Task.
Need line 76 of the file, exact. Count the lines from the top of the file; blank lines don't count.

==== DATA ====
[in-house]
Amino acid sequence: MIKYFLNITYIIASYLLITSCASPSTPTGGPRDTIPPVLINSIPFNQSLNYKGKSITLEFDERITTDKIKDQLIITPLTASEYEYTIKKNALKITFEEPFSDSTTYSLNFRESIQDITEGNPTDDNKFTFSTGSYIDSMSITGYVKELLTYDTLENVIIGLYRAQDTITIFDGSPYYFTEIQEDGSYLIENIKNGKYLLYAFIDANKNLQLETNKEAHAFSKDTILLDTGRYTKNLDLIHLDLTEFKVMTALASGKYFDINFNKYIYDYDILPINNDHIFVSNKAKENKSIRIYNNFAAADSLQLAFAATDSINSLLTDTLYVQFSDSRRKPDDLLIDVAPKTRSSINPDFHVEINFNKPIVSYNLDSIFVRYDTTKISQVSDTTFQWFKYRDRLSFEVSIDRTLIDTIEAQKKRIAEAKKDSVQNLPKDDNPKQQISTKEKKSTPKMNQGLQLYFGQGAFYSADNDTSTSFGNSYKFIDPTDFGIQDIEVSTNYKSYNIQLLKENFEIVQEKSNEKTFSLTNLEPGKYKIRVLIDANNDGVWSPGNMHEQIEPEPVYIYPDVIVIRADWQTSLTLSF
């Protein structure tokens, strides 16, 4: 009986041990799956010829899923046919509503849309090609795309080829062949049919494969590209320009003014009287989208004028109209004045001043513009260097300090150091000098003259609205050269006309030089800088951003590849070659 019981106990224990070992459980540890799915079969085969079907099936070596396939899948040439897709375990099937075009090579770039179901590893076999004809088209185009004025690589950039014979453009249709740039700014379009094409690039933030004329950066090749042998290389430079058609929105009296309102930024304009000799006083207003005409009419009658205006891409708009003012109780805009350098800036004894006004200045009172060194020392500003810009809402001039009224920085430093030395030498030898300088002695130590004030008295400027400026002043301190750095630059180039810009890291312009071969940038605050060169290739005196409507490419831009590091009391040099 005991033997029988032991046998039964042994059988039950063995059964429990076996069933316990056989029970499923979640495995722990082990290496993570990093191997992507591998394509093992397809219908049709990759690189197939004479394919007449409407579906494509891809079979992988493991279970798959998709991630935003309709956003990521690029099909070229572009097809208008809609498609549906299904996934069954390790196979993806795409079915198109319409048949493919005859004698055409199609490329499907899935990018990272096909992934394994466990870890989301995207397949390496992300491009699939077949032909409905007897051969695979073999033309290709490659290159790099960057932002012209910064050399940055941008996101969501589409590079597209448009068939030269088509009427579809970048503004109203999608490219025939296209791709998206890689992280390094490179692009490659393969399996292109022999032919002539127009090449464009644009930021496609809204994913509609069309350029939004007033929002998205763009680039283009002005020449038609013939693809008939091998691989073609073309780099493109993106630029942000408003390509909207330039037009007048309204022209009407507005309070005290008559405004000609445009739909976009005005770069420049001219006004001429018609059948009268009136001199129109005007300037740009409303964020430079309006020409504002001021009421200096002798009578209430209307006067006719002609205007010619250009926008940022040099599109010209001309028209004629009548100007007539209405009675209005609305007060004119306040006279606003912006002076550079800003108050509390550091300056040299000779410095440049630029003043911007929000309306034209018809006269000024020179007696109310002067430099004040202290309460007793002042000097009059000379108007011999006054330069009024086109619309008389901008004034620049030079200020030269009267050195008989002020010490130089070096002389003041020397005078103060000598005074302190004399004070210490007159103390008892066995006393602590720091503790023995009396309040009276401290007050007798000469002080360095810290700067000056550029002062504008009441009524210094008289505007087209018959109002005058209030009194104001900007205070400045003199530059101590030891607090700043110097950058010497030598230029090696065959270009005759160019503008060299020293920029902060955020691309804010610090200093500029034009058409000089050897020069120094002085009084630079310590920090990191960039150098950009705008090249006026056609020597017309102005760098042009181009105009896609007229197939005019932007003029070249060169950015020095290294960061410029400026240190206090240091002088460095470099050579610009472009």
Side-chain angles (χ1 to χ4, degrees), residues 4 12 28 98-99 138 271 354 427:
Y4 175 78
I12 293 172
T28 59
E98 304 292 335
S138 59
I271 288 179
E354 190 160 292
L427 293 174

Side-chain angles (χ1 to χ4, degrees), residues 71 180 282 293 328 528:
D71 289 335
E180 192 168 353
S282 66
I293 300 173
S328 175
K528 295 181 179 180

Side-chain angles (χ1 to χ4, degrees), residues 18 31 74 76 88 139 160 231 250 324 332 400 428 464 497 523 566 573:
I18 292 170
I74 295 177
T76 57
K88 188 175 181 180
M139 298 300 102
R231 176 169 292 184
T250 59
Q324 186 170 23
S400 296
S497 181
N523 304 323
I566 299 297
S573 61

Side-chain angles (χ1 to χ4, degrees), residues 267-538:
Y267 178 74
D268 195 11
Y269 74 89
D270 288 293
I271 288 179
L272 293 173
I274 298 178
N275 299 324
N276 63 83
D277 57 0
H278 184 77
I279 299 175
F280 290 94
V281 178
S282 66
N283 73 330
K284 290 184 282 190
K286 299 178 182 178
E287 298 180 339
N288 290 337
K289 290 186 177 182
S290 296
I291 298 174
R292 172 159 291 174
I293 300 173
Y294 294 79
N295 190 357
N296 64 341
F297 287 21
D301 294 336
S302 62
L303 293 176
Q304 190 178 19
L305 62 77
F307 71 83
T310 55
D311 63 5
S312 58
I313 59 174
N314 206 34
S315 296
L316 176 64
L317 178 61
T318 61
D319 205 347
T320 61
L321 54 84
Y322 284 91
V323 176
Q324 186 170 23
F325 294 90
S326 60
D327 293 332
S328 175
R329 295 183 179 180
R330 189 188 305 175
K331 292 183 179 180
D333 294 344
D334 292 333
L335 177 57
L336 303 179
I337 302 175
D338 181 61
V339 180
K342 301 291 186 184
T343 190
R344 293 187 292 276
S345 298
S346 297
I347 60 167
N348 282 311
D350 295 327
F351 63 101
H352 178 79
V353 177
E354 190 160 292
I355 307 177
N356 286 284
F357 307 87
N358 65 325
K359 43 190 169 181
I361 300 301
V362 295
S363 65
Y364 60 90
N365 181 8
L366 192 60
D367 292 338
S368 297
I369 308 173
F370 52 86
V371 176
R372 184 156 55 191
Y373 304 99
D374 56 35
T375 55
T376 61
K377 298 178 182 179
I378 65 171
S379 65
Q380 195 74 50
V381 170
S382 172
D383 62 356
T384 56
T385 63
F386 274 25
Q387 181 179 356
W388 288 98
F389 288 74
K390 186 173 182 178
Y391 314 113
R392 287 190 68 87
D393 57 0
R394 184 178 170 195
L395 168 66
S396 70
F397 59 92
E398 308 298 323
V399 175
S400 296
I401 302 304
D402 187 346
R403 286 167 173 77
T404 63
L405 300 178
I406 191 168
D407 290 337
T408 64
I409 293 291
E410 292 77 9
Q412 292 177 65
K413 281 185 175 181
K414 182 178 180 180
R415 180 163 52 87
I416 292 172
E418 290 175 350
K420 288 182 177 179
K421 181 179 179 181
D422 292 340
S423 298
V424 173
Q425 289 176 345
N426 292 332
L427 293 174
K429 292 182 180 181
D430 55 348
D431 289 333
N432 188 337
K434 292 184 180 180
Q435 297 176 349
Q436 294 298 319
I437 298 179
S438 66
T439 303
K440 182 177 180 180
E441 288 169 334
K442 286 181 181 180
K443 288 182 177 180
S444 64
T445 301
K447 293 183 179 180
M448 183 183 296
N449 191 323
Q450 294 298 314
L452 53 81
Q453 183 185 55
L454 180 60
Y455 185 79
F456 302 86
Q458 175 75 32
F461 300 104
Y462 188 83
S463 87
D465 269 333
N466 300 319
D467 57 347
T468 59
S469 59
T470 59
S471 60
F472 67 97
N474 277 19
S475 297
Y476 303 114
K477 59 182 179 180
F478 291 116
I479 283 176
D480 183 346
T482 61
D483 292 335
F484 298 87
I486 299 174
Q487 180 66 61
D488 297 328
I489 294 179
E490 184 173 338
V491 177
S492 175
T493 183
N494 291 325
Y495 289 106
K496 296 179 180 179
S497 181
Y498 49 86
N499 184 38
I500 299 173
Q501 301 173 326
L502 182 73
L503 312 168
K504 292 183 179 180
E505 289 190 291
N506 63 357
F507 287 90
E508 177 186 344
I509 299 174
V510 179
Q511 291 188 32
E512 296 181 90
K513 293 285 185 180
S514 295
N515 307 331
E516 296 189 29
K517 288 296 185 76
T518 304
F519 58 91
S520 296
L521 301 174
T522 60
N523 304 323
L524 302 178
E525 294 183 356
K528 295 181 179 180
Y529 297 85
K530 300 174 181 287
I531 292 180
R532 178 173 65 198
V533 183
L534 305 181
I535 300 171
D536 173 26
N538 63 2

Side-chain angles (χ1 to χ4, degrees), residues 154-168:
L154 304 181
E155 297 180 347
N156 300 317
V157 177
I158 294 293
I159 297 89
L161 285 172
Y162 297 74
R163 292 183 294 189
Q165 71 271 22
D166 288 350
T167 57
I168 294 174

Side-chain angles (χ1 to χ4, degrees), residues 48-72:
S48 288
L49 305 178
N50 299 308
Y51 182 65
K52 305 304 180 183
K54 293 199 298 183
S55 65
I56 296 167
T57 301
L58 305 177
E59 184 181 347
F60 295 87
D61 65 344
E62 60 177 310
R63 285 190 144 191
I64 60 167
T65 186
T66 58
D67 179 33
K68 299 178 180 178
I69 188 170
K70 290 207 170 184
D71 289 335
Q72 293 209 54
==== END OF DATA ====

L316 176 64